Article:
Cameron later admitted that she had no concept of how many rounds she had won during the bout, and that during fights, even in environments as raucous and antagonistic towards her, she is simply in a flow state and not mentally scoring rounds. Still, when the first scorecard of 95-95 was read, Cameron admitted that she had a feeling of dread, expecting that something she’d “seen before with (stablemates of hers)” was about to happen. To her delight however, the next two cards read 96-94 in her favor, and she retained her titles. Some felt that the 95-95 scorecard was disastrous, but the furor was nowhere close to what fans would feel later on in the night. However, the biggest moment of Cameron’s career, a win over a fighter she idolized, whom she said she was honored to share the ring with, was one of muted emotion. Cameron, who is even-keeled emotionally as previously described, couldn’t let it out and be too jubilant out of respect for and hesitance around the pro-Taylor crowd. Similarly, those presenting the event couldn’t be as effusive in their praise for similar reasons. A breathtaking atmosphere that provided the stage for a legacy-defining victory was instead celebrated with solemn courtesy.
Nearly 4500 nautical miles away in Las Vegas, Haney and Lomachenko squared off in a classical big fight in Nevada atmosphere. Though Haney and his family have made their home in Vegas for many years, “home” fighters don’t always get the Katie Taylor-esque treatment when they fight in Sin City. It’s still a city of tourists, transients, and people who have relocated somewhat recently. On this night, the MGM Grand was decidedly pro-Lomachenko, rooting for the aging master to school the young champion in a game of fistic chess, as the promotional theme implied.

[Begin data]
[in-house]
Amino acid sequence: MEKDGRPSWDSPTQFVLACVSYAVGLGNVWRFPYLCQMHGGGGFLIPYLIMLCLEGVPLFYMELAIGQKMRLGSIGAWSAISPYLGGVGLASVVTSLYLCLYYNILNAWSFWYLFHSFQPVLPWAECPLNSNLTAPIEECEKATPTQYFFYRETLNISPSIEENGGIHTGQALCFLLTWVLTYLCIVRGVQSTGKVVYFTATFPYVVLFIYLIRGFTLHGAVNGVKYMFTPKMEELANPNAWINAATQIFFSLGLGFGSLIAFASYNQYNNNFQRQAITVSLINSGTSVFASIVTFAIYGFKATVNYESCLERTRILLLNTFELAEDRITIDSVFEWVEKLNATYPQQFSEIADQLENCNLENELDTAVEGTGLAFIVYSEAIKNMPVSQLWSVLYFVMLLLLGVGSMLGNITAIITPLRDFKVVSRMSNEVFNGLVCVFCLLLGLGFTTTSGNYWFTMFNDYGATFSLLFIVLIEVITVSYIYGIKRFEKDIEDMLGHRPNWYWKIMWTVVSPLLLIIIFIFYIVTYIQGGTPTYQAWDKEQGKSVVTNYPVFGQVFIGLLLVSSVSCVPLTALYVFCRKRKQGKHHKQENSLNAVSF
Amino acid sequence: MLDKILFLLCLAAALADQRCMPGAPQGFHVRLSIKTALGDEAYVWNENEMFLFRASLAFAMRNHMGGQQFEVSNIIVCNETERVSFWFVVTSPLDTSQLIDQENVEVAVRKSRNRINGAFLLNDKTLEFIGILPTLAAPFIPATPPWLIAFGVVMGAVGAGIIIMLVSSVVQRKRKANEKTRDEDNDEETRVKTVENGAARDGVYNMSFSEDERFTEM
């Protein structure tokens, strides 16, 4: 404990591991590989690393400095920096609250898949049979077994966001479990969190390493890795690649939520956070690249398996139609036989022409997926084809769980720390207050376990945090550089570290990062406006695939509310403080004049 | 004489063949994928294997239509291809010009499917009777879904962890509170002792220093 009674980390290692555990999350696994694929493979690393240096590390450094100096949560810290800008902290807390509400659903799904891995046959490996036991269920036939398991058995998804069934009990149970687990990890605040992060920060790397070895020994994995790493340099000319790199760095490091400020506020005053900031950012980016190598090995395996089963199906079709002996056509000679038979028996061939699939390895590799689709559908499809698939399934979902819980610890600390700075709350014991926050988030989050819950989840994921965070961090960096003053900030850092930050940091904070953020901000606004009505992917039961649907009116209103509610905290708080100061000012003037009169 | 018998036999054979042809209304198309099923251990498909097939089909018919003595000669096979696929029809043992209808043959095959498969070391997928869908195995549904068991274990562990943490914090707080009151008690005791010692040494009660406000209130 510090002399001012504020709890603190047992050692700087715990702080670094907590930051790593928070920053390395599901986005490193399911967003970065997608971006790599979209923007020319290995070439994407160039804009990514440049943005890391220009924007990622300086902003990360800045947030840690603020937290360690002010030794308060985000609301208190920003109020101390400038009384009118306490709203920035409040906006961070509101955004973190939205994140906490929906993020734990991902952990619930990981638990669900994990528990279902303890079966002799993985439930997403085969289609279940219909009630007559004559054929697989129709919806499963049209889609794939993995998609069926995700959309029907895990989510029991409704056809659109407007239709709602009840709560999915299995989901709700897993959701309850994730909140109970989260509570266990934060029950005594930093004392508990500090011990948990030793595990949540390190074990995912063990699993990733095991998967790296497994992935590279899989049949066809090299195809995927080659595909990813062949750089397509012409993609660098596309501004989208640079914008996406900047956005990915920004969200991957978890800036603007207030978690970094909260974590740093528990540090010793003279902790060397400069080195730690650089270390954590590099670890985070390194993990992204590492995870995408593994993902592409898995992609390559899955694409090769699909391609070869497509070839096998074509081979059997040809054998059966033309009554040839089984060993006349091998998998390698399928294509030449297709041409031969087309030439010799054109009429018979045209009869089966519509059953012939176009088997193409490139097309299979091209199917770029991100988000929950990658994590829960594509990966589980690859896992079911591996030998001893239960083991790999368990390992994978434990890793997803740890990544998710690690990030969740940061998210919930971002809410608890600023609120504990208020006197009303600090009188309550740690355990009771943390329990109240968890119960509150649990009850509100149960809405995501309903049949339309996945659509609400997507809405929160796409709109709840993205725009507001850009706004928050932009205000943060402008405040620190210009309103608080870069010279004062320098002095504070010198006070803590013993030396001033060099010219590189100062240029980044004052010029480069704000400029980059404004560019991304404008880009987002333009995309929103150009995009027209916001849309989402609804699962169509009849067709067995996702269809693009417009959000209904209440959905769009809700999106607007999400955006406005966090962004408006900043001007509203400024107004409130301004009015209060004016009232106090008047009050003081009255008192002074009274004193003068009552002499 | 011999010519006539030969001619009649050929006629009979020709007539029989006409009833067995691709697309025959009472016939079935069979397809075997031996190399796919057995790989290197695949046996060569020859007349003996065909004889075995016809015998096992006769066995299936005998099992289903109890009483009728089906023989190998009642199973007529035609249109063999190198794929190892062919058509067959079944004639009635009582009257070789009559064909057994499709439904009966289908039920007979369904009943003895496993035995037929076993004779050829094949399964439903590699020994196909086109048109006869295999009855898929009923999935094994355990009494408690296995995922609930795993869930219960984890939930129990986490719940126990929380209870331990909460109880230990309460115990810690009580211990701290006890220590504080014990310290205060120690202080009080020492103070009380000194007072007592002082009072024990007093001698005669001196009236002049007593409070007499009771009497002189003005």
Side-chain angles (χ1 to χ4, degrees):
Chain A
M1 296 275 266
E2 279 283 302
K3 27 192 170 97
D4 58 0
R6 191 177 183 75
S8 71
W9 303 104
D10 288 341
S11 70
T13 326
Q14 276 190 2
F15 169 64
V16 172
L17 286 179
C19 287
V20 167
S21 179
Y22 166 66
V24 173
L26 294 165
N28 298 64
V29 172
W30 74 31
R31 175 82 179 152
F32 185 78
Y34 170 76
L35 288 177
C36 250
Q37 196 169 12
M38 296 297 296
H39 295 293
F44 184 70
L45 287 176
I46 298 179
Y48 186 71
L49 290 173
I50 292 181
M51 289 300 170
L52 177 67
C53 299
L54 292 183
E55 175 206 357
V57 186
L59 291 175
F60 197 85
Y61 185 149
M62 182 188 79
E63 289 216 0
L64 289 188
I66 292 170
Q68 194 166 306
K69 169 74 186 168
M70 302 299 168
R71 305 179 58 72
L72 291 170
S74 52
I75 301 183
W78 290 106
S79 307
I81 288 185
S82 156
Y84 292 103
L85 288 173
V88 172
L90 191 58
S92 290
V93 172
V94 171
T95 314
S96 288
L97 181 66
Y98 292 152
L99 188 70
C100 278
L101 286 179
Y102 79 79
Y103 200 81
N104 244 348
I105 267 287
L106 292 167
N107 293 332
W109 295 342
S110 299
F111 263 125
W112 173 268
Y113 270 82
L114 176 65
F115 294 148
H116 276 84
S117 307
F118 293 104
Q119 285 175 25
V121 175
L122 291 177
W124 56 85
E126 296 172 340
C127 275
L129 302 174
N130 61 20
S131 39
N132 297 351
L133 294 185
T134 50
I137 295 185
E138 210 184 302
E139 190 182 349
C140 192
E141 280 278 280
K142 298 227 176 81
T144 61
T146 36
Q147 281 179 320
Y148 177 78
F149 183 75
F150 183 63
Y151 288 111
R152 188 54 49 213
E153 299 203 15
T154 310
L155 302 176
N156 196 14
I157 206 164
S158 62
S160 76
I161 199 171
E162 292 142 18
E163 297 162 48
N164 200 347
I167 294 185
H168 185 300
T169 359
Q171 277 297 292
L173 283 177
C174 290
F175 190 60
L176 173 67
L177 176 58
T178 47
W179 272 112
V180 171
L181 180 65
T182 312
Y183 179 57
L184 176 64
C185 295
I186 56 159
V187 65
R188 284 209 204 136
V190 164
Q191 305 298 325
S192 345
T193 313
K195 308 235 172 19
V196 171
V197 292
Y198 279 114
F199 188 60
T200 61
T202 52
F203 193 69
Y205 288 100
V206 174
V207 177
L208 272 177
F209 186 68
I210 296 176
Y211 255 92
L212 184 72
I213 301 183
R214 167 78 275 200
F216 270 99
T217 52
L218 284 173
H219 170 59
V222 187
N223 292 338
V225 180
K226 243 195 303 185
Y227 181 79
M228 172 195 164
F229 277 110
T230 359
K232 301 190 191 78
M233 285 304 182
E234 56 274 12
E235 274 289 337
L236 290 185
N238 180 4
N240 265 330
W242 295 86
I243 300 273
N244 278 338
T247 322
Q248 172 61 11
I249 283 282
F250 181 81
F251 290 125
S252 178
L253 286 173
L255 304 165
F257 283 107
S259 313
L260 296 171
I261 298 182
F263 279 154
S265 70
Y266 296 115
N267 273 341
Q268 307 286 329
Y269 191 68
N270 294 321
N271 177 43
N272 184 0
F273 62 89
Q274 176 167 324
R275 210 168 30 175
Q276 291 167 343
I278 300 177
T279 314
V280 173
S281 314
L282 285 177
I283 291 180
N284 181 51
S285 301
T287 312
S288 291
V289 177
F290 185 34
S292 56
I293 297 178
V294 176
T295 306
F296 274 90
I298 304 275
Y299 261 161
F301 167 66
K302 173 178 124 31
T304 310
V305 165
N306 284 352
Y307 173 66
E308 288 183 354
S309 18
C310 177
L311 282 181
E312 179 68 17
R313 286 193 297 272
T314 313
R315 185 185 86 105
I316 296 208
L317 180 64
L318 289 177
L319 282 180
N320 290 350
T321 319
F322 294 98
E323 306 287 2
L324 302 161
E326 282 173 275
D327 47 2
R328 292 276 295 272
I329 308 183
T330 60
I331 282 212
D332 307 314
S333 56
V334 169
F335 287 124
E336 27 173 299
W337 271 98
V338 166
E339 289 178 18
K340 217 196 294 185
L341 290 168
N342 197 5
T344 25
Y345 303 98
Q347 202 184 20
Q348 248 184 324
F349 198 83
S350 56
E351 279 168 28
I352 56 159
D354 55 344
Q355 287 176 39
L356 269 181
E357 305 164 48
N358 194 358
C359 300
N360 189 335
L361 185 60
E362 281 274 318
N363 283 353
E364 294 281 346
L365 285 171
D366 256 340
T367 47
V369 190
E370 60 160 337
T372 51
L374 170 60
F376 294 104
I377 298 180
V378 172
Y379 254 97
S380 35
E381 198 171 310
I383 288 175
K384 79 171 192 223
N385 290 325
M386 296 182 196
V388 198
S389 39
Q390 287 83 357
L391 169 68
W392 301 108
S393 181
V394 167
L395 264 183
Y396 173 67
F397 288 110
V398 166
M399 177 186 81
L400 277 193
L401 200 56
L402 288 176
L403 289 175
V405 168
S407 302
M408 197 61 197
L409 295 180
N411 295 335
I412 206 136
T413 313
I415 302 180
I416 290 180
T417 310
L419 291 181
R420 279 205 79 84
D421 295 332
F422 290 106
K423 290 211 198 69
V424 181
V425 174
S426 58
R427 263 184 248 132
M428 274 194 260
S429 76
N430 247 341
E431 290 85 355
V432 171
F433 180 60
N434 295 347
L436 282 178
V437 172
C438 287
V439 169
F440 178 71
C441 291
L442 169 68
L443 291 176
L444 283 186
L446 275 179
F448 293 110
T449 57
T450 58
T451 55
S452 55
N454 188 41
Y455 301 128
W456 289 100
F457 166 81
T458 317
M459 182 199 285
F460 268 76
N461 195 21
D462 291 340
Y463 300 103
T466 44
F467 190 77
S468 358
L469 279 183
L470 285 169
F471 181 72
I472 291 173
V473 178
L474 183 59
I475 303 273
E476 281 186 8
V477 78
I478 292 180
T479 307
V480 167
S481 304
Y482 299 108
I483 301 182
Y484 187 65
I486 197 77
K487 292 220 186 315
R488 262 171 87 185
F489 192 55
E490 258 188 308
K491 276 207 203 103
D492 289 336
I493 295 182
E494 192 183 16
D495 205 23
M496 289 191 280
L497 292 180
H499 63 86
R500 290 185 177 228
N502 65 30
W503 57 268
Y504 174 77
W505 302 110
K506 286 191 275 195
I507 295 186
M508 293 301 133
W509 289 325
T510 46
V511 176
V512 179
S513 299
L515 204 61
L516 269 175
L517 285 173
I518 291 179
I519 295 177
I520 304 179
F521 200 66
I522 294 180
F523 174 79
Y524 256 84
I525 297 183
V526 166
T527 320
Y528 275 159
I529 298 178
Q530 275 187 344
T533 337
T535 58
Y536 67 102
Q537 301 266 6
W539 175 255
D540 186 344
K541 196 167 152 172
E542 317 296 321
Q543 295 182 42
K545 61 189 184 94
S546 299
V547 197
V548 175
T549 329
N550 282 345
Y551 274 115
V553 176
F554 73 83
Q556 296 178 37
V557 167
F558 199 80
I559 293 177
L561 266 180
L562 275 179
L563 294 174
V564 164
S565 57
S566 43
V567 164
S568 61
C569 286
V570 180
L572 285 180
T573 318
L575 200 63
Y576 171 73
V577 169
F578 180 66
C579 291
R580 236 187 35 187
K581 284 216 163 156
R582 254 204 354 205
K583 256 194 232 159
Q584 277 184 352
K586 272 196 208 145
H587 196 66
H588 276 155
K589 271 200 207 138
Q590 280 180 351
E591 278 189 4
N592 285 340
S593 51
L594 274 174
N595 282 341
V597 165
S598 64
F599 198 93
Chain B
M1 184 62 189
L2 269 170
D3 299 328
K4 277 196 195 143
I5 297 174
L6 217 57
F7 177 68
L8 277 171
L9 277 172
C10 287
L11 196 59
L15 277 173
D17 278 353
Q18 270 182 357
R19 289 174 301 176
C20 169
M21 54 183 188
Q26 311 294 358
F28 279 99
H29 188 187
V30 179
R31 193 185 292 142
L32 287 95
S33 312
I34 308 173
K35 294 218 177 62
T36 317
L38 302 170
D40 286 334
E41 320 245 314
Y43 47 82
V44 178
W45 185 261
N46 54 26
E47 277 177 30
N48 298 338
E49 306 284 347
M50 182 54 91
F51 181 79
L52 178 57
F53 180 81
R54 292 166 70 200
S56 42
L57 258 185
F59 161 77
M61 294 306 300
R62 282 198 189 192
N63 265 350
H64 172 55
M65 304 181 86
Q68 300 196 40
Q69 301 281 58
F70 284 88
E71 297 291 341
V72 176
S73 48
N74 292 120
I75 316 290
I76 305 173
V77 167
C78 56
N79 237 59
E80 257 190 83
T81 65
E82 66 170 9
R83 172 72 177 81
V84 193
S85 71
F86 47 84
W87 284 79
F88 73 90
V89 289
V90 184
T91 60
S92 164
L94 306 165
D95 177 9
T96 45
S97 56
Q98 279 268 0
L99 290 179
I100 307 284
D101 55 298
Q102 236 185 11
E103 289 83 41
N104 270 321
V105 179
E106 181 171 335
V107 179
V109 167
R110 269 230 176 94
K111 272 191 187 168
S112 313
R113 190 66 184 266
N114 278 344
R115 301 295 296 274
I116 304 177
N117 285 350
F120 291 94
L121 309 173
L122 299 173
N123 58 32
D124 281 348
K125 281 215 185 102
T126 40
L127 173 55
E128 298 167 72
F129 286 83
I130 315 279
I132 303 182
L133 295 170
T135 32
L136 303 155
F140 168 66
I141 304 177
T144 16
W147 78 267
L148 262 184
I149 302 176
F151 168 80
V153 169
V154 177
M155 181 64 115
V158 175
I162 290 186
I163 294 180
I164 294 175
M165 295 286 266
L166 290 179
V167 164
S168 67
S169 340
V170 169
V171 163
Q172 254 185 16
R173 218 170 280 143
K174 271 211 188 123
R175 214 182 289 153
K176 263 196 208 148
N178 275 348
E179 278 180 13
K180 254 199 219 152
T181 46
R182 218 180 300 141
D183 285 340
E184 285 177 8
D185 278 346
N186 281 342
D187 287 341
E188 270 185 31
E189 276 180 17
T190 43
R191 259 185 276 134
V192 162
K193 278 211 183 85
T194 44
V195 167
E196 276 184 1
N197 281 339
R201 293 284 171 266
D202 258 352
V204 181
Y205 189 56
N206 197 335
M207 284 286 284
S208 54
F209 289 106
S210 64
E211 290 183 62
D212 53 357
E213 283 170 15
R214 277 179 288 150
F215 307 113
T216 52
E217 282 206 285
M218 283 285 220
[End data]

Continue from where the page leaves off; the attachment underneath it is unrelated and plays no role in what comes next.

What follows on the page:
What Haney-Lomachenko lacked in the pure ruggedness that Taylor-Cameron provided, it made up for with sheer tension. The chess analogy can be overplayed in boxing, but it is the closest analogy for fights like Haney-Lomachenko and why they are exciting without outright brutality. Watching actual high level chess is an exercise in waiting for one mistake, gasping when a genius finally makes an error. Haney and Lomachenko brought distinctly different approaches to the ring. Haney was judicious in his punch selection, using his length to try to slow the tempo of the fight, and slow Lomachenko’s legs with constant body attacks. Lomachenko employed expert timing, both in terms of landing short, barely detectable shots in the midst of mesmerizing flurries, but also by oscillating between passive movement and all out blitzes.
Unlike Cameron, Lomachenko did have an ongoing scoring tally in his head, one that told him that simply playing it safe in the final round was the correct decision. If he had calculated differently, the discussion about the bout for the rest of time would potentially be entirely different. Dave Moretti scored the bout 116-112, a score most observers not in the Haney camp have taken issue with. The other two cards, 115-113 for Haney, could potentially have been evened up if Lomachenko hadn’t cruised in the final round. However, one can argue that even if it were a mistake in retrospect, after a dominant tenth round (one Moretti inexplicably scored for Haney) and another in the eleventh, Lomachenko was being cavalier but not foolish in thinking he’d done enough to win.
Discourse about Haney-Lomachenko thus far has ranged from cries out outright robbery and corruption to a reckoning of it being a good fight that was judged by at least one man in particular who misjudged perhaps the easiest round in the fight to score.
What ought to have been a celebratory night for boxing was instead tinder for discussion about its ills. Ultimately, no one, not even the winning fighters, walked away as happy as they should have.